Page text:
The sanding process involves sanding each individual slat on both sides. In multi-dwellings such as condominiums, man-hour allocations for sanding louvered doors is extraordinary with very low productivity when compared to other surfaces. Additionally, worker frustration and boredom is an integral part of the process. Further, material costs for sandpaper and sanding blocks is excessive. There are no tools available that aid in the sanding process. Known sanding tools are vibrating flat surface sanders, belt sanders, or rotating circular disk sanders. However, these sanders are all flat surface sanders that will not allow the sanding surfaces to reach in between the parallel slats of louvered doors. Therefore, hand sanding was the only solution to this day.
It is therefore an object of this invention to develop a tool that is versatile, is light weight and has a sanding surface that will reach between the parallel slats and sand both surfaces of opposing slats at the same time with a minimal time and energy expenditure. Obviously, a blade having abrading surfaces thereon and of proper dimensions should be contemplated. The blade should be power driven and should have the correct motion to simulate the process of hand sanding. This tool will hereinafter be described in detail by making reference to the drawings.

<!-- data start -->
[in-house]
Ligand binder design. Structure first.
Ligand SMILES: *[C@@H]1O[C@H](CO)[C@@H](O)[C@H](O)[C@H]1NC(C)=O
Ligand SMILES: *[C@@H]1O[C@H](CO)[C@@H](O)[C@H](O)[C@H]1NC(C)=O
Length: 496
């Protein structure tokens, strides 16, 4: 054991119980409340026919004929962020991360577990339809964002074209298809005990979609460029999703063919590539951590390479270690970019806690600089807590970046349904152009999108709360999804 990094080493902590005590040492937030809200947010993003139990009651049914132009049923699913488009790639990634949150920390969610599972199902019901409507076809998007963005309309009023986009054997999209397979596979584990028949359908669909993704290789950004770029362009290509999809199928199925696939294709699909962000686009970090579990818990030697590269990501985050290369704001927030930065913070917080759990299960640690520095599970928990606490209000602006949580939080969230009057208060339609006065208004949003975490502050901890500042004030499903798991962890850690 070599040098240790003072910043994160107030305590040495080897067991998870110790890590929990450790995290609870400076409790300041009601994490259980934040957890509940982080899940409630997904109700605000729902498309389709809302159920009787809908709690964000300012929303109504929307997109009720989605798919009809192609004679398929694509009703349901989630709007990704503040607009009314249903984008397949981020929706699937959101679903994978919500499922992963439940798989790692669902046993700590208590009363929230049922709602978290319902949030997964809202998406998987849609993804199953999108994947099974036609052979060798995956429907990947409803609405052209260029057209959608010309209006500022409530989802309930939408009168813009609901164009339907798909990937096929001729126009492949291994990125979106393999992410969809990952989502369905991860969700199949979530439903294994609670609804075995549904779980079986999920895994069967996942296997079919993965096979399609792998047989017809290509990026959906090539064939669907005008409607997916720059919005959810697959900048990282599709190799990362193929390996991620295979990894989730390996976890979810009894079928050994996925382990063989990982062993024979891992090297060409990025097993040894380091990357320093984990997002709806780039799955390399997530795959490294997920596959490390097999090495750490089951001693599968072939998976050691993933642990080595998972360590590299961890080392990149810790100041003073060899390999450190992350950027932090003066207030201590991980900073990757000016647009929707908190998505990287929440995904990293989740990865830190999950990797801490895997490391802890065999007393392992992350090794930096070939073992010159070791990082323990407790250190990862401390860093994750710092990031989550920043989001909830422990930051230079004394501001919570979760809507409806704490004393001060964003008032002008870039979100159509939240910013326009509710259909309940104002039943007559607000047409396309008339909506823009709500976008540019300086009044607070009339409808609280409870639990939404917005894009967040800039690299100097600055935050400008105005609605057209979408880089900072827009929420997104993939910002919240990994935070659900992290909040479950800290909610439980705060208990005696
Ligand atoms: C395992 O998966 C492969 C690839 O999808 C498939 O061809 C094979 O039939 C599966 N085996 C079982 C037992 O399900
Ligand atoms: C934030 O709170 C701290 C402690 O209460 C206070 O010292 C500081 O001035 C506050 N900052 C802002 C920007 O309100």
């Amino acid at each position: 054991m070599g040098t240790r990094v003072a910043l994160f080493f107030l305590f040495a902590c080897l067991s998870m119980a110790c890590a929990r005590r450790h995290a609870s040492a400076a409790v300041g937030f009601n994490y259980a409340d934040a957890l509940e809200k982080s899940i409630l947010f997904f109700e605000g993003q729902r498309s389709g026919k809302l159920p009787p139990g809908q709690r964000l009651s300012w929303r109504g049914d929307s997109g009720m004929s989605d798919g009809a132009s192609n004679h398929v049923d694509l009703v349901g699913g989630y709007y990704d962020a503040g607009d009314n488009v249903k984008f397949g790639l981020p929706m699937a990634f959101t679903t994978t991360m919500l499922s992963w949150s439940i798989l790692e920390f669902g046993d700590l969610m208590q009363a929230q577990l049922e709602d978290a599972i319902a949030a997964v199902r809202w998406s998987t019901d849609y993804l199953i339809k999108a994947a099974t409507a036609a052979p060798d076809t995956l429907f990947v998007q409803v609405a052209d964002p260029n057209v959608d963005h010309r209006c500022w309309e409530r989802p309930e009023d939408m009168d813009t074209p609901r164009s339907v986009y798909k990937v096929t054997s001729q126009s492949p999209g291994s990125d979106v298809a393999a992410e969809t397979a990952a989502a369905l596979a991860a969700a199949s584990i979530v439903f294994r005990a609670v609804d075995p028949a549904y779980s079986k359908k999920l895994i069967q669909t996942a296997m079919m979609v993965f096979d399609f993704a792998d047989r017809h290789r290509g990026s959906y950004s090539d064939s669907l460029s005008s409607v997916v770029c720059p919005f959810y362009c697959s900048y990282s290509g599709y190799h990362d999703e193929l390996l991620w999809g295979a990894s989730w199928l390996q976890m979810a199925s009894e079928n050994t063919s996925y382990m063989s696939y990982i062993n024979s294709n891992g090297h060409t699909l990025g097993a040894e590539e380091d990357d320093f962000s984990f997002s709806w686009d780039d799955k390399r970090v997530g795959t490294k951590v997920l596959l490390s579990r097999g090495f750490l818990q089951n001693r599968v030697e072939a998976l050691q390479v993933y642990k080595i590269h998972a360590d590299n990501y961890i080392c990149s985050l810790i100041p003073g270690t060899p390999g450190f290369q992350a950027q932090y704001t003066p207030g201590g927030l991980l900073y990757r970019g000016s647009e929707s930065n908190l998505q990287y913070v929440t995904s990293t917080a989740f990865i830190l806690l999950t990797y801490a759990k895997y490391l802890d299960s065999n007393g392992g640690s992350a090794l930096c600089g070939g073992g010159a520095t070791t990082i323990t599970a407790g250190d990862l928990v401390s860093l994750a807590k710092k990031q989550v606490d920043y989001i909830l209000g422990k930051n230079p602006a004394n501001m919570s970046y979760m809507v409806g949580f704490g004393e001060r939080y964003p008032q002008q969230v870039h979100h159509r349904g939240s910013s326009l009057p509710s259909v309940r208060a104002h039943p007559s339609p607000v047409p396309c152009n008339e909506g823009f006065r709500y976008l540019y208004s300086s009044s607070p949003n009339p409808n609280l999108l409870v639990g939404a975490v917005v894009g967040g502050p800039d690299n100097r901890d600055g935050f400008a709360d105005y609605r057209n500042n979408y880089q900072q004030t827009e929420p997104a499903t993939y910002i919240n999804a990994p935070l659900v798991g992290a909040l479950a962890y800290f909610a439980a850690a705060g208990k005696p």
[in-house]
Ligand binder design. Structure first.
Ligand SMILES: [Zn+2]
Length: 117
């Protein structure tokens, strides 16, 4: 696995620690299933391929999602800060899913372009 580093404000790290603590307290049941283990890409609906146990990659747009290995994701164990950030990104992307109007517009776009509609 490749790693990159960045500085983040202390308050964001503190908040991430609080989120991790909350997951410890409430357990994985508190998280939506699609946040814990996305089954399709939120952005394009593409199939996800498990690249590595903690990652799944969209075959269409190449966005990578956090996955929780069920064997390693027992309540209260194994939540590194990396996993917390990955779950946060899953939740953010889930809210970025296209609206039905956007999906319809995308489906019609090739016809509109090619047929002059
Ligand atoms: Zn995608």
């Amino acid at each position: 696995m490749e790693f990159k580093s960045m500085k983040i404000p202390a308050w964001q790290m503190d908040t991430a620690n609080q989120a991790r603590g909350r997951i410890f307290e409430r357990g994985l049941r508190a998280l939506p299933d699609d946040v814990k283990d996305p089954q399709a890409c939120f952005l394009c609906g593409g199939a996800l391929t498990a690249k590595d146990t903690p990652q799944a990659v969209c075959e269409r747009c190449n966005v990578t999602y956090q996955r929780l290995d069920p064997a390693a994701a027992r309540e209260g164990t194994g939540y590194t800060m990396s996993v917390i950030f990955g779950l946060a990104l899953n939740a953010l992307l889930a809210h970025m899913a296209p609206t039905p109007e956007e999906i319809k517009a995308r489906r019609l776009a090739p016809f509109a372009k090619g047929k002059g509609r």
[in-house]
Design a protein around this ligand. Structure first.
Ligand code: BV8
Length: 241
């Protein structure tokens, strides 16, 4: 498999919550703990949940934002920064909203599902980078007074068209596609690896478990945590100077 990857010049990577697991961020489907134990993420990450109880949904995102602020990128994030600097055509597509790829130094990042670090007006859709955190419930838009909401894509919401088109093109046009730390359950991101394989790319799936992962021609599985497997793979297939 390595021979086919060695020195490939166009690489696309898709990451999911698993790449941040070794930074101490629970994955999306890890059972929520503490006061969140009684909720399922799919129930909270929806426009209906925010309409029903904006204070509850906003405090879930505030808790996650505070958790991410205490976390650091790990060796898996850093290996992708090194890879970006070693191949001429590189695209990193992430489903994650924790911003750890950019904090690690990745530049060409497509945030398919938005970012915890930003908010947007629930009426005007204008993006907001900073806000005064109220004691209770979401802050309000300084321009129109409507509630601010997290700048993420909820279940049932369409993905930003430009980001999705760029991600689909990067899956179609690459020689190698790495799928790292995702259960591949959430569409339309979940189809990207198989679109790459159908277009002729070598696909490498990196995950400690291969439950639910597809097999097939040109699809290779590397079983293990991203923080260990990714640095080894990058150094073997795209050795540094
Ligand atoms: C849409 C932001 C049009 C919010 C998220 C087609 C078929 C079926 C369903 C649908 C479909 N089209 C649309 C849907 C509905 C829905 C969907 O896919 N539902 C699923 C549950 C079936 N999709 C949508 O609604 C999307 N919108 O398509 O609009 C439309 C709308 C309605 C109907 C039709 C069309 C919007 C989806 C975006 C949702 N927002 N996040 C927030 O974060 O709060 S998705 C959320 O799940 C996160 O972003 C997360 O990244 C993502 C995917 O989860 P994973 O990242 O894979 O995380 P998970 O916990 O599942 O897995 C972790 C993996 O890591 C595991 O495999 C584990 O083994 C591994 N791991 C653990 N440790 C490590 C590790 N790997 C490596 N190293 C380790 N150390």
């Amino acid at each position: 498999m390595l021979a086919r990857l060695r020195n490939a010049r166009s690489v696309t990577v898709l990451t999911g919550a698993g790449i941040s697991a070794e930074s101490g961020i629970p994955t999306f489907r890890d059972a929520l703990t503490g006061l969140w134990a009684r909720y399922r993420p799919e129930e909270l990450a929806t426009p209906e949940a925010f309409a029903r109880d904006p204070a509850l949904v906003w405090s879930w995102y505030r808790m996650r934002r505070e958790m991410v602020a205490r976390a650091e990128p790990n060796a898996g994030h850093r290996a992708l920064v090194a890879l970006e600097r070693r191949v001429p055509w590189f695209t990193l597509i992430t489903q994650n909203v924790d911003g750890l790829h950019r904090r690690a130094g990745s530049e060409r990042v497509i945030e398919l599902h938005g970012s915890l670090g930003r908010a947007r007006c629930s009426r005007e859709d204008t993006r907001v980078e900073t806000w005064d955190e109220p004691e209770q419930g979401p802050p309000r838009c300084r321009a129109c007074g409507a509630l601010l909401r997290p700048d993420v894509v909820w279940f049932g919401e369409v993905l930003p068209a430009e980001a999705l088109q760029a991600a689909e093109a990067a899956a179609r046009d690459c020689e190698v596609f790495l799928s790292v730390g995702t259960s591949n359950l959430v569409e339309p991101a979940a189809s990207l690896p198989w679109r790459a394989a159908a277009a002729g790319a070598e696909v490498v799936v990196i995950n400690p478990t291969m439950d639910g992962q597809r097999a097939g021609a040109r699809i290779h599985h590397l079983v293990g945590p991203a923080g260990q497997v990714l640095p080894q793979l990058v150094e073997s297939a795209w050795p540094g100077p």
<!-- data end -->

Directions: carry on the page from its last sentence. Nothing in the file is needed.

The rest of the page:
FIG. 1 is a cross section through a tool for driving a sanding blade.
FIG. 2 is a top view of a mechanism for driving the blade.
FIG. 3 is a cross section through a tool for driving a sanding blade but a different embodiment.